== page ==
Asking for Help with Your Mental Health
Depression can be something that is incredibly hard to talk about, not least for the person who is experiencing this condition. Often, the person with depression is not fully aware of their symptoms. It may have developed over a number of weeks or months, and it can be difficult at first to recognise that this is not just a bad day or that they are a bit run down. Depression affects mood, thoughts and behaviour, so if feelings of isolation, hopelessness, exhaustion and withdrawing from loved ones and friends are on-going, then it is time to talk to someone.
Some of the symptoms of depression include:
- Continuous low mood or sadness
- Feeling hopeless or helpless
- Low self-esteem
- Feeling shame or guilt
- Irritability and intolerance
- Loss of interest in activities that have previously been enjoyed
- Lack of motivation or interest
- Difficulty in making decisions
- Having suicidal thoughts or harming yourself
Support can be found from a number of different places, including friends and family, your GP and specialist services. Taking that first step can sometimes feel like the hardest obstacle to overcome.
Below are some tips for seeking help:
Know that depression is not a sign of weakness
Recognise that your feelings and experiences do not mean that you are not strong or that you should feel ashamed. Depression is a result of a mix of environmental and biological factors and can be experienced by anyone at any time regardless of background, experience, age or gender.
Avoid the temptation to isolate yourself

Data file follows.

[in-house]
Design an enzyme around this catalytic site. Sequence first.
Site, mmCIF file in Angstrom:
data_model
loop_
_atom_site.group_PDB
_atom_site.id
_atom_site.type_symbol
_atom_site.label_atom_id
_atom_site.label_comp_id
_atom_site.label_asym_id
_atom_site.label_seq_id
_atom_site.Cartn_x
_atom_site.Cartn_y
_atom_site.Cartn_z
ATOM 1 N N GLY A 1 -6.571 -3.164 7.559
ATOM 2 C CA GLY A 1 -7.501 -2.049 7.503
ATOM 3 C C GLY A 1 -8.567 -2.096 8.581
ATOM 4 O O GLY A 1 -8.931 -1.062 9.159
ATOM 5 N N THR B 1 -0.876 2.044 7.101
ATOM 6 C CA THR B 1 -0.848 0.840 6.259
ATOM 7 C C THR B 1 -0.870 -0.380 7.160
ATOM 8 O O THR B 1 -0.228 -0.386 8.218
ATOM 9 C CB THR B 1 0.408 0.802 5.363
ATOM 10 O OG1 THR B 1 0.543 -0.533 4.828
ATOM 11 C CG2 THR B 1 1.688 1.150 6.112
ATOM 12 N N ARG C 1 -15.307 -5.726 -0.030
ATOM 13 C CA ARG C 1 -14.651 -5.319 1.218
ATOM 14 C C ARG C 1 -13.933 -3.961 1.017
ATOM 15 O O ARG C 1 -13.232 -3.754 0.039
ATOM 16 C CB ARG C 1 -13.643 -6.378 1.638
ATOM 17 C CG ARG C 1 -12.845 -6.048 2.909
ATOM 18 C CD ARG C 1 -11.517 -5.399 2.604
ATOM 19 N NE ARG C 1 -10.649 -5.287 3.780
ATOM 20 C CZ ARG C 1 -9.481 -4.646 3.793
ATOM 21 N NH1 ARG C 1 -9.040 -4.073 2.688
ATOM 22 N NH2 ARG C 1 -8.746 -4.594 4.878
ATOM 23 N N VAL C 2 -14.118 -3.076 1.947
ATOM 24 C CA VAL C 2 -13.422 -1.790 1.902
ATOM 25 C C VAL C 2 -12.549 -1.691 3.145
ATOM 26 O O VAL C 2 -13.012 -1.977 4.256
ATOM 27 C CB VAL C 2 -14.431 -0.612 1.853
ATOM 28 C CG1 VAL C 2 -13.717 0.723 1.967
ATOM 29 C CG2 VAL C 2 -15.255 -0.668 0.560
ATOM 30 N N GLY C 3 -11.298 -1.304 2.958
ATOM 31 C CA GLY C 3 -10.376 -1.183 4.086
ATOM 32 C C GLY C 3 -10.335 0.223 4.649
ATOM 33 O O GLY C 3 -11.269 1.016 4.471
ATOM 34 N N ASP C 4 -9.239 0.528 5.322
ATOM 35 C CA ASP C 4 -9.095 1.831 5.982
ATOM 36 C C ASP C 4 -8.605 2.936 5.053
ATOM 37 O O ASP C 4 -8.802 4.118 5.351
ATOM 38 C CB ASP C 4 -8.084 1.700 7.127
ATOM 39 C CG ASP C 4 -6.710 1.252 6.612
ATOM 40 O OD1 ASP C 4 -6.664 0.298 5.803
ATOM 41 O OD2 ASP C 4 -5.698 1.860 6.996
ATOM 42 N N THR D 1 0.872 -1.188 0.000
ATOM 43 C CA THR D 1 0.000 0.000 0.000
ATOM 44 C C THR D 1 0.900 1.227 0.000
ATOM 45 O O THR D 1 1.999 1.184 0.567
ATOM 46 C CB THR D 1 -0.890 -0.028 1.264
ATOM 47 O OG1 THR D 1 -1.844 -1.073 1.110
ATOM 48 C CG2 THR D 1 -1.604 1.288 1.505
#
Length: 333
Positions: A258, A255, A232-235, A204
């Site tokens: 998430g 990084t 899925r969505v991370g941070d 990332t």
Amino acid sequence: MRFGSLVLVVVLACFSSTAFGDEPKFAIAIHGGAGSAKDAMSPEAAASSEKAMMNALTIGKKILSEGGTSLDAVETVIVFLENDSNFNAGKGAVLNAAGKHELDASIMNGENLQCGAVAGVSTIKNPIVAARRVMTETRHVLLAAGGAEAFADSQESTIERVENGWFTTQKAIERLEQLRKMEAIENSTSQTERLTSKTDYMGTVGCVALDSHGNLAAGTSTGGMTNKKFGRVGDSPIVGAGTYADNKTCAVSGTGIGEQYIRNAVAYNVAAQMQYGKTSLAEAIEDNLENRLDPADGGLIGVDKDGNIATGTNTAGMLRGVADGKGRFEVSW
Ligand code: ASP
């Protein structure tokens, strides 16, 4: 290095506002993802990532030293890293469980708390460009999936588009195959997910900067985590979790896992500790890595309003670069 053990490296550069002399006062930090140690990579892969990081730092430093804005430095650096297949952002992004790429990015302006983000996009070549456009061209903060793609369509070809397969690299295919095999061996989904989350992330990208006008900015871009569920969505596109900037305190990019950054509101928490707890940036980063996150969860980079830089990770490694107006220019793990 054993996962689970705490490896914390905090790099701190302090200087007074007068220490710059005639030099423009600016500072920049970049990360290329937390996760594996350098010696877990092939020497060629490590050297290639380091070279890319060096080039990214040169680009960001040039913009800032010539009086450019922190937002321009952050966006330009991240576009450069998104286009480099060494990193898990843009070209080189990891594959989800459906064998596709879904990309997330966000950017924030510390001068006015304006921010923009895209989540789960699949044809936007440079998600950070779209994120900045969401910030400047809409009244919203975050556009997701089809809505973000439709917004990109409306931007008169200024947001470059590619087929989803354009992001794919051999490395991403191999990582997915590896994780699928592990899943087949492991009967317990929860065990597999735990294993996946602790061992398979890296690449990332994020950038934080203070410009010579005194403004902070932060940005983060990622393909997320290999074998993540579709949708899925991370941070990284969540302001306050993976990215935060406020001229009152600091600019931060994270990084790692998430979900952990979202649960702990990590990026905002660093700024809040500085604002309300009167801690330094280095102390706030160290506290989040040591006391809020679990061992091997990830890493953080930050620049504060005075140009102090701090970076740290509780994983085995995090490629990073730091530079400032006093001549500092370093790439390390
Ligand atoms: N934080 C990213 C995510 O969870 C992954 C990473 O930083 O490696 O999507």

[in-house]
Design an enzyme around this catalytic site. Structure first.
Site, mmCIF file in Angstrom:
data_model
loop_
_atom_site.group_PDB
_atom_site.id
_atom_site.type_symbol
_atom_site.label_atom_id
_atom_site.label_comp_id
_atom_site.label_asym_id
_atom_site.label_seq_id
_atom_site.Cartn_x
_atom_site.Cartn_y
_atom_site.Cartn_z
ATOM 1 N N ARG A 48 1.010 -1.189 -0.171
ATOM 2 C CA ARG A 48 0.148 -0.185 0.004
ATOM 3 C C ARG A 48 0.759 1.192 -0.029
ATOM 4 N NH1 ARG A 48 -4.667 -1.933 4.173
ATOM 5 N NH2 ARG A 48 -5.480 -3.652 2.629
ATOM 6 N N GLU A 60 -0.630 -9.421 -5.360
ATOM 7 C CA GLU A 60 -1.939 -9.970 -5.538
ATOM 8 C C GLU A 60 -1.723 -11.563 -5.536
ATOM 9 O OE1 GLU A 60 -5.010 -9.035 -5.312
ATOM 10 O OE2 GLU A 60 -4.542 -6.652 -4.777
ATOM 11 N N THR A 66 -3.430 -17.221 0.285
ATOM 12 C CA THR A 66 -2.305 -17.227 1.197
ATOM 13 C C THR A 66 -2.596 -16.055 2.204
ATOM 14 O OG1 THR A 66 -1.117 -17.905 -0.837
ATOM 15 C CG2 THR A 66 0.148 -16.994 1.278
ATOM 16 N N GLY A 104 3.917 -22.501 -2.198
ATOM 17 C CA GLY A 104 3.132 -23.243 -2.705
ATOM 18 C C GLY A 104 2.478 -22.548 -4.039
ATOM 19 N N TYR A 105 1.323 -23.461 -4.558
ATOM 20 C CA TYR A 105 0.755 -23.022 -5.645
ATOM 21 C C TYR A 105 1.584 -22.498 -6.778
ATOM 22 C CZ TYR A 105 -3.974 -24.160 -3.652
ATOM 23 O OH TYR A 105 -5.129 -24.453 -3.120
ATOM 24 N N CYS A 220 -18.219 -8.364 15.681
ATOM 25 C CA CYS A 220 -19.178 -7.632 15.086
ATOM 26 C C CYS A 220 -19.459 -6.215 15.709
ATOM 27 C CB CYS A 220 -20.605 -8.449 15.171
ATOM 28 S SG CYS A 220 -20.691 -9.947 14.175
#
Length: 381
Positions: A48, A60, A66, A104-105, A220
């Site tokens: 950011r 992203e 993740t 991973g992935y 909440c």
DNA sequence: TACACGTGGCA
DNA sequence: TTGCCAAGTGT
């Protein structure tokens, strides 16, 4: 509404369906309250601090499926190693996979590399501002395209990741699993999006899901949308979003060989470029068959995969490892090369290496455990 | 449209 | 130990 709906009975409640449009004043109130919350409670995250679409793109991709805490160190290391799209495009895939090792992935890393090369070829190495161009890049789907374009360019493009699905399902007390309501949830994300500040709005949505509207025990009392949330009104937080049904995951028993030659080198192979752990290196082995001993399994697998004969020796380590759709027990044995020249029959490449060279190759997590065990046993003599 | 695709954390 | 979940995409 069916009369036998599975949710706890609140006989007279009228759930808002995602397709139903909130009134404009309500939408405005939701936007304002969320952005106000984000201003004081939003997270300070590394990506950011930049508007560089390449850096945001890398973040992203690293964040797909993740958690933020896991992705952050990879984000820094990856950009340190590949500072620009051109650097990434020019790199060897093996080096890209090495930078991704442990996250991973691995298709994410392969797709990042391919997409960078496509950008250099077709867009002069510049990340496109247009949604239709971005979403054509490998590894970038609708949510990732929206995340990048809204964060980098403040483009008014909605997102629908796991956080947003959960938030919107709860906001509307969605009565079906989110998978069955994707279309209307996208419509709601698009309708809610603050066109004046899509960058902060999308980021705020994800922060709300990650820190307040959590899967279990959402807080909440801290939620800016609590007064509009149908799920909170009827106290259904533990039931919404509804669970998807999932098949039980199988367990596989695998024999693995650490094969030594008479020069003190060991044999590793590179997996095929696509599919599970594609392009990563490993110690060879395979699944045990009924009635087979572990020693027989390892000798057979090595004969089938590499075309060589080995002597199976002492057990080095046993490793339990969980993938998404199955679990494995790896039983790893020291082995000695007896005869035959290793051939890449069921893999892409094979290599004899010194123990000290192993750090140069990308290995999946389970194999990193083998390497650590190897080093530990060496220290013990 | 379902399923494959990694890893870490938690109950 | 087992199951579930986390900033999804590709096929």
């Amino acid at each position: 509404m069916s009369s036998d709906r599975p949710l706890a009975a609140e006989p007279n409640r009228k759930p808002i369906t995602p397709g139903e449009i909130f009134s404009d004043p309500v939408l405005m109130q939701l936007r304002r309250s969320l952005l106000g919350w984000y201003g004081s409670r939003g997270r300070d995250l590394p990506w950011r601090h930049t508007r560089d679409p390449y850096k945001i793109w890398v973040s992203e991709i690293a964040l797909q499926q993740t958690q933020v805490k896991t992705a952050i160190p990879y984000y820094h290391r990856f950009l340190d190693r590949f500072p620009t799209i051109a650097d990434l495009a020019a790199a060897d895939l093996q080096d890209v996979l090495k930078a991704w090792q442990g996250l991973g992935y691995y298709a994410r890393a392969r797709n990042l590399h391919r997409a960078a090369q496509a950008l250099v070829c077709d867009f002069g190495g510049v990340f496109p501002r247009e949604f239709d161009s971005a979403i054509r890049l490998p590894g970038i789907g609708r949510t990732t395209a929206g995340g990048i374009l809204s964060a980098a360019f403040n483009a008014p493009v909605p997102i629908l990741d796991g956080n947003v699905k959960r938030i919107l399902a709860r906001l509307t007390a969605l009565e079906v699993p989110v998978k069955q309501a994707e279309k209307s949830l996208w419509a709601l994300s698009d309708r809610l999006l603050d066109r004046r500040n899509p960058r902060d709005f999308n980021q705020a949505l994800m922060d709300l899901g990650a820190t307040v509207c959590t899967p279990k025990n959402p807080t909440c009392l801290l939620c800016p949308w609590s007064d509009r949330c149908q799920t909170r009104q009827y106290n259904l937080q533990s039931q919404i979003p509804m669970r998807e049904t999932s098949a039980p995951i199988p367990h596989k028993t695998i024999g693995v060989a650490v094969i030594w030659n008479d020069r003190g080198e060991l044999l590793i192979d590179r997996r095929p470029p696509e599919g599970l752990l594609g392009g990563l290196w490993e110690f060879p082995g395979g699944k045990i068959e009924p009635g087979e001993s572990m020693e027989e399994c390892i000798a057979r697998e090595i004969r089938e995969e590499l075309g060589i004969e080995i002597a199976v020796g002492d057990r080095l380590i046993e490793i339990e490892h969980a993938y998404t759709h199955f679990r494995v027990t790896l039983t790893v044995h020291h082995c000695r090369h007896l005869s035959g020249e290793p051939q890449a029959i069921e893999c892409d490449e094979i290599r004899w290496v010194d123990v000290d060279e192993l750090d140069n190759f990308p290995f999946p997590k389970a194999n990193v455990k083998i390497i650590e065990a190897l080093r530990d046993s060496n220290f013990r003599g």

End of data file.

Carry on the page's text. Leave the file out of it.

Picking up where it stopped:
This condition can create feelings of lethargy, irritation and hopelessness. These emotions can make you want to hide away and be alone, but spending time with other people can be a real benefit to you on your road to recovery.
Talk about your feelings
This can be difficult, especially as some of your emotions might be difficult to articulate or to share with others. But having a support network is key and sharing your thoughts and feelings can mean that the people have a greater understanding of how they can help you. They may be able to give practical help with errands or responsibilities, accompany you to medical appointments, or just go for a walk or to the cinema with you. Don’t underestimate the difference that sharing with someone you trust can make – the phrase ‘a problem shared is a problem halved’ is relevant here.
Seek help from a professional
Friends and family can be a great support, but there are also people who specialise in the treatment and support of someone with depression and they can help to personalise a treatment plan for you. This could be through medication, but they may also be able to direct you to talking therapies, activities to boost endorphins or support groups.
Asking for help takes courage and can be a challenge in itself, but it can also be a vital step in helping you gain control and equilibrium. Don’t suffer in silence – take a small step to make a big difference to your health and wellbeing.
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